The main reason that was communicated was that you wanted to focus more on Grand Magus. Is it the only reason for your departure? Could it also be because in Spiritual Beggars you were only the lead singer, that you could not put enough creativity in the band?

No, the set up with Spiritual Beggars was perfect for all of us. It was something very enjoyable. I would have loved to do another album and to play live with these guys. The only reason for me not doing it is that I need to focus on Grand Magus, there is so much to do, this is our time now. I cannot spared myself with other bands. If I could cloned myself into two people I would have done it.

Mickael Amott has Arch Enemy which is a successful band in the death metal gender and he seems to manage to play in both bands pretty well…

It is his band; he has some time off from Arch Enemy so he can concentrate on something else whereas I do not have the time! Three years ago it would have been possible but now the album has to be recorded so it is very simple.

What do you think of Apollo who is the singer of Firewind and who replaces you in Spiritual Beggars? Did you hear the new songs with him singing?

No I haven’t heard anything. We did a short tour with Firewind in the UK. Apollo is a great singer! He is a very cool guy; we had a lot of fun! I wish him all the best. We know each other so he knows I am sincere.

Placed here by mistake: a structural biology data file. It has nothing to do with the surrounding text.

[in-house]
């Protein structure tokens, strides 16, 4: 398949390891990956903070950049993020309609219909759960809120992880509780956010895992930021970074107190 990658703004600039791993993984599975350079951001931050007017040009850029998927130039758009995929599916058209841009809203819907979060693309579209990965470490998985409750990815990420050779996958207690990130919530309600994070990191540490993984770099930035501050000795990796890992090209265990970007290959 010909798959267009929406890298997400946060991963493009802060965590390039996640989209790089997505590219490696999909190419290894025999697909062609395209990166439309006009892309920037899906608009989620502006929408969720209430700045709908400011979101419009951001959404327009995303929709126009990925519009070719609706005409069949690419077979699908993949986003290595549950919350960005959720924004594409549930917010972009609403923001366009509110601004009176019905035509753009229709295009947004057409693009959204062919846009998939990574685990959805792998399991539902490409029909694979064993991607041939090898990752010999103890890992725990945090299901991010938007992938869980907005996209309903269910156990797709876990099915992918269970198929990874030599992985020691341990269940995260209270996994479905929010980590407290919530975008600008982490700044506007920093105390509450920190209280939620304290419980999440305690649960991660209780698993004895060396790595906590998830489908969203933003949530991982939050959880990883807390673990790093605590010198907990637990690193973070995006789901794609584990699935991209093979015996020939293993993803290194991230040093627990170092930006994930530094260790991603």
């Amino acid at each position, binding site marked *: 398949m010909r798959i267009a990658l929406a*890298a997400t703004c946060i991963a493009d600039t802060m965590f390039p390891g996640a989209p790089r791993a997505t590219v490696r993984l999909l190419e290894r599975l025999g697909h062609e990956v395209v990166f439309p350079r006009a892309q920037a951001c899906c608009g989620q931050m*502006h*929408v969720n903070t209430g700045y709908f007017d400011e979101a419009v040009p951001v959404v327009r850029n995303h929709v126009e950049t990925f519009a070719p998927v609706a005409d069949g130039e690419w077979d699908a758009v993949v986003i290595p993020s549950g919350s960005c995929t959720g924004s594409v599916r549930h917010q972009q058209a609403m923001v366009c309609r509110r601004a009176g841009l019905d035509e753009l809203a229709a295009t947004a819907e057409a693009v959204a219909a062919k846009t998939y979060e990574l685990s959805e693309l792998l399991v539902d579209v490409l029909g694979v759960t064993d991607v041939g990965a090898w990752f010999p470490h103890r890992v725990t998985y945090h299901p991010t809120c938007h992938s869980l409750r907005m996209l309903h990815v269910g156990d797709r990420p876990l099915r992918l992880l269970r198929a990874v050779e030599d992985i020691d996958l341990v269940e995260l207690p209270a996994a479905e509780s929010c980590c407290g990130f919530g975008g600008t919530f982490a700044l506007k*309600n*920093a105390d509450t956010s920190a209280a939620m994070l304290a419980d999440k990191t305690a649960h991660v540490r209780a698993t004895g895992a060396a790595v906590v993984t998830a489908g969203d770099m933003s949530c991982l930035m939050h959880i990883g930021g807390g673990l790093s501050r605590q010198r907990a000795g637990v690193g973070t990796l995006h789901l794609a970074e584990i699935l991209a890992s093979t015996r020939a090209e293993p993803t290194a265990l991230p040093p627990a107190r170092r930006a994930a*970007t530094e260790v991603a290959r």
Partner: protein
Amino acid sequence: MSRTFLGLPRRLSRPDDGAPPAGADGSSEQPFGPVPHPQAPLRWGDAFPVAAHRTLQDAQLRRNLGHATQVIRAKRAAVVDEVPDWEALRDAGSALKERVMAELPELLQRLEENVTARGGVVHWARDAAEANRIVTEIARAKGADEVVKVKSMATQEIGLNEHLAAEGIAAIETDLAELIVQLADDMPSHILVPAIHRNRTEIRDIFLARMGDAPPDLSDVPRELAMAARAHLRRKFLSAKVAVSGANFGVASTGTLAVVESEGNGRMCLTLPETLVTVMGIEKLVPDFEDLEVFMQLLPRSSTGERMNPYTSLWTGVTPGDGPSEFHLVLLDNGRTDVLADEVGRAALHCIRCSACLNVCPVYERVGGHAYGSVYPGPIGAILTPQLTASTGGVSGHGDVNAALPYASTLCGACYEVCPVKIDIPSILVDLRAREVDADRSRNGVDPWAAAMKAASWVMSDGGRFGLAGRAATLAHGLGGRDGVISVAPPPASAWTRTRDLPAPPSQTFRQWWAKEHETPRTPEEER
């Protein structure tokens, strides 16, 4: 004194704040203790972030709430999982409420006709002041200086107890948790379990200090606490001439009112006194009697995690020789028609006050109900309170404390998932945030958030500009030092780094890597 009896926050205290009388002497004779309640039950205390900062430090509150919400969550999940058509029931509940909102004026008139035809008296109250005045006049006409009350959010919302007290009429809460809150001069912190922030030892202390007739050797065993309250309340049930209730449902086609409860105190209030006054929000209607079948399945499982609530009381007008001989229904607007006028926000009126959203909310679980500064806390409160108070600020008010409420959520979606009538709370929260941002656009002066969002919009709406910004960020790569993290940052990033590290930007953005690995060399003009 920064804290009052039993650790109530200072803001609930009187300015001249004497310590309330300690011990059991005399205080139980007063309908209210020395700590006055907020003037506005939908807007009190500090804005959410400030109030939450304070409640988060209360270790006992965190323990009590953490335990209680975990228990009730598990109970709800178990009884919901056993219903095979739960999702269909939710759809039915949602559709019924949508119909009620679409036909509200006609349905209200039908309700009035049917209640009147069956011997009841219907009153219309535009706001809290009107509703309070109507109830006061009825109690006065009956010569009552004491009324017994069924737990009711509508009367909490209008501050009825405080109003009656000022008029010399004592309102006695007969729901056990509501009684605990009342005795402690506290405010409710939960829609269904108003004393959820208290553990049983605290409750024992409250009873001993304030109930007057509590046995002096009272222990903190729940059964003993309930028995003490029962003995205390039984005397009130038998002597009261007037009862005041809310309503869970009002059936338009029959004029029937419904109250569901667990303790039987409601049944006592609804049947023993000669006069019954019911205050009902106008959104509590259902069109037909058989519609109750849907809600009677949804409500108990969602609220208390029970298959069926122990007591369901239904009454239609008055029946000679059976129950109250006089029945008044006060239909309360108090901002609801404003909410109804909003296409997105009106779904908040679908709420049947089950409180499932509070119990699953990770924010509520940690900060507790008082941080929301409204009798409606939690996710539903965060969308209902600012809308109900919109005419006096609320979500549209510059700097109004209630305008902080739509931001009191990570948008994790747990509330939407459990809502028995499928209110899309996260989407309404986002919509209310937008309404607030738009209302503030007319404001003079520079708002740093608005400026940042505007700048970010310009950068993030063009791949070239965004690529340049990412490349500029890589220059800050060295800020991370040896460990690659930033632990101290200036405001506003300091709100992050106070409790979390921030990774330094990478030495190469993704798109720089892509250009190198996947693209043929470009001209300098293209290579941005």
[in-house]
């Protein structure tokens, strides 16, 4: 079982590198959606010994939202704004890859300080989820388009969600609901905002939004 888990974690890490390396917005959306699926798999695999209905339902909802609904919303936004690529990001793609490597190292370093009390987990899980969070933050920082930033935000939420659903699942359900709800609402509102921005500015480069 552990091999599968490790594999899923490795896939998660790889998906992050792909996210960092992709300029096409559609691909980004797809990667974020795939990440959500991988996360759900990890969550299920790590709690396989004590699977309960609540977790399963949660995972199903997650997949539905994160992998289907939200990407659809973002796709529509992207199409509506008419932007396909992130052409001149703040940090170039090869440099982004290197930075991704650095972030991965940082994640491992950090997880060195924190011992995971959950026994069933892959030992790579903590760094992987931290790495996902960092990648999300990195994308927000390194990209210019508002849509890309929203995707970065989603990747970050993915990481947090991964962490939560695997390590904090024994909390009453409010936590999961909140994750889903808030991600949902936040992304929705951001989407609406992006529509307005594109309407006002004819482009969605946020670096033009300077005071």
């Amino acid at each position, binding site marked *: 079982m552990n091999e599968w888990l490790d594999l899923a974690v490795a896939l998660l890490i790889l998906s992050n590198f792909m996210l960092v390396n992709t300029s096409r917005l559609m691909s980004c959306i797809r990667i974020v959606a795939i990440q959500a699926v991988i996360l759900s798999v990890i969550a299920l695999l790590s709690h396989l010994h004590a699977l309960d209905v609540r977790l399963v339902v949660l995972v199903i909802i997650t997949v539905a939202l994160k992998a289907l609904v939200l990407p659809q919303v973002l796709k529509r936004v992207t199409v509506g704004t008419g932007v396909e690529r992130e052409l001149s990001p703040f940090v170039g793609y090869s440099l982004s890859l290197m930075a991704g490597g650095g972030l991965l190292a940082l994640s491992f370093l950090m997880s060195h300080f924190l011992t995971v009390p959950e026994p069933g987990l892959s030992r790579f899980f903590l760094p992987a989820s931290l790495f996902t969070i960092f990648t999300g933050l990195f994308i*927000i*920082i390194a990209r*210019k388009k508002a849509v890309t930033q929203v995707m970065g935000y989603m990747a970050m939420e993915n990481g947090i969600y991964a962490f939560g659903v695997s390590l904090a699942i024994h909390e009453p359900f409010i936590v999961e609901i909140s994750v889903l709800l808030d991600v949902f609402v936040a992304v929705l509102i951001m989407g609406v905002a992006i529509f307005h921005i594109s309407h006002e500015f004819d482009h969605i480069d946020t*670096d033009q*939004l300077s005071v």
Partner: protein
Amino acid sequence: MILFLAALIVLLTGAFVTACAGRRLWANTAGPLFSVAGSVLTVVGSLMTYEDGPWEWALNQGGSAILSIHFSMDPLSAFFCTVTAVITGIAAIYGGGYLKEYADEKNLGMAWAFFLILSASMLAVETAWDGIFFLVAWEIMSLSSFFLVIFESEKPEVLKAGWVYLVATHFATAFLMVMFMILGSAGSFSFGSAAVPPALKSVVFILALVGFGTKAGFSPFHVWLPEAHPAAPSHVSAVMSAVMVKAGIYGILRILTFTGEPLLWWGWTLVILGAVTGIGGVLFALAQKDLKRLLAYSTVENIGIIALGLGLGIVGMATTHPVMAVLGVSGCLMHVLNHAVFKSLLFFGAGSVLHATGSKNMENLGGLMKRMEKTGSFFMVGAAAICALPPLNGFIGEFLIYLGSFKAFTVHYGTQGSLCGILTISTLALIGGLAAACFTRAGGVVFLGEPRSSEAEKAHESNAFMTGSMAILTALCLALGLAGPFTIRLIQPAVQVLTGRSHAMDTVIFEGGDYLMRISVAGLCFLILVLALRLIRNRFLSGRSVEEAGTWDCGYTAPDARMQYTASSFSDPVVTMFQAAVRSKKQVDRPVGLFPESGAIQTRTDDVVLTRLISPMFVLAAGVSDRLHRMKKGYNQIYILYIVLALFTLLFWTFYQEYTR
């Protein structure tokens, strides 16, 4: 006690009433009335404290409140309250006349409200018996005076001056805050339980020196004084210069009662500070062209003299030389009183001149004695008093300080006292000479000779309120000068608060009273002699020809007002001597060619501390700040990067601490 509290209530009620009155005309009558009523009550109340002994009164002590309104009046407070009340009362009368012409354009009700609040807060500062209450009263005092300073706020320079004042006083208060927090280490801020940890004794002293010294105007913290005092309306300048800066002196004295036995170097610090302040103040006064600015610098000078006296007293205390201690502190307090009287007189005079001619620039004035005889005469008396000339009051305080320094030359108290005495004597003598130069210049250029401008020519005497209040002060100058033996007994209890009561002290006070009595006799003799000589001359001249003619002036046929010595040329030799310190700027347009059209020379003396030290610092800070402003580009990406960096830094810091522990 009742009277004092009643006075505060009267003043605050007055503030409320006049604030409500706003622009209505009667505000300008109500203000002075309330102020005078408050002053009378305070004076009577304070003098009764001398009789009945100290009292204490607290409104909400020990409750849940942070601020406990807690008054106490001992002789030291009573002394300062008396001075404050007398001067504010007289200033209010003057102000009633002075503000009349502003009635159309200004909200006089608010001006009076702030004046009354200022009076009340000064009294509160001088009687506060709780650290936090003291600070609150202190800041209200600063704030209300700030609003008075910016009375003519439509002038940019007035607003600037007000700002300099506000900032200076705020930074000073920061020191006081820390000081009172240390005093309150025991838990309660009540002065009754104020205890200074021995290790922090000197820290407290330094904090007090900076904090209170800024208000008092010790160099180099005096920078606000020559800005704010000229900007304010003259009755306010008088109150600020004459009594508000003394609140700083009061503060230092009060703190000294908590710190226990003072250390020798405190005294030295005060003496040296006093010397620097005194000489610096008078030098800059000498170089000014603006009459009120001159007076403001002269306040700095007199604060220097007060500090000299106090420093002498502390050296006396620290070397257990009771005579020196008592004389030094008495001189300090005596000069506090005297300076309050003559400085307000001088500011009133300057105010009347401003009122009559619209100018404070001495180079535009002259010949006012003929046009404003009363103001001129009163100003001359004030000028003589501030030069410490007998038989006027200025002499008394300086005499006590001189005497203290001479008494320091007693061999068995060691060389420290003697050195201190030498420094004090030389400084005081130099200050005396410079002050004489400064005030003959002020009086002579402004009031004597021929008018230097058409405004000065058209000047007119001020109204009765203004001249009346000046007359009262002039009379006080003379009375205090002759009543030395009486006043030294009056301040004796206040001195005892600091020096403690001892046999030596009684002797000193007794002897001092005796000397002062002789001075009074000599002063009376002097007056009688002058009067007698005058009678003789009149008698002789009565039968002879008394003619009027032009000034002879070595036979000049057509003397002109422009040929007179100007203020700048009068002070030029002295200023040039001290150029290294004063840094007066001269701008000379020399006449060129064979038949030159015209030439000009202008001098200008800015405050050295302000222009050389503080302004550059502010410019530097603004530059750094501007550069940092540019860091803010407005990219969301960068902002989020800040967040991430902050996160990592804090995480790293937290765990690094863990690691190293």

You are considered as one of the greatest heavy metal singers of your generation but I heard that you have not taken any singing lesson in your life. How did you end up with such a great voice? Do you have any advice to give for those who want to learn singing?

I have not had any lessons, I probably should. I only started singing in 1996, I’m just lucky to have a pretty recognizable voice which is really the most important thing. Unfortunately it is not something you can really train to get. The best advice is to sing live as much as you can, that is the only way to learn how to pace yourself, to know your limits. I remember that during the real first show that we did I completely destroyed my voice in the first song! It is important to learn how to relax.

Thank you for this interview JB. I saw Grand Magus at the Hellfest, it was in the morning but it was a really great set and there were a lot of people!

I was really happy about that too. I thought that everyone would still be asleep! We had a very great time there! We have got to see Heaven & Hell the night before, they did an amazing gig! We had to leave just after our show so we did not have time to say hello to anyone but it was really fun to play there.

Interview conducted by phone in june, 2010.
Traduction : Isabelle

Myspace Grand Magus : www.myspace.com/grandmagusrocks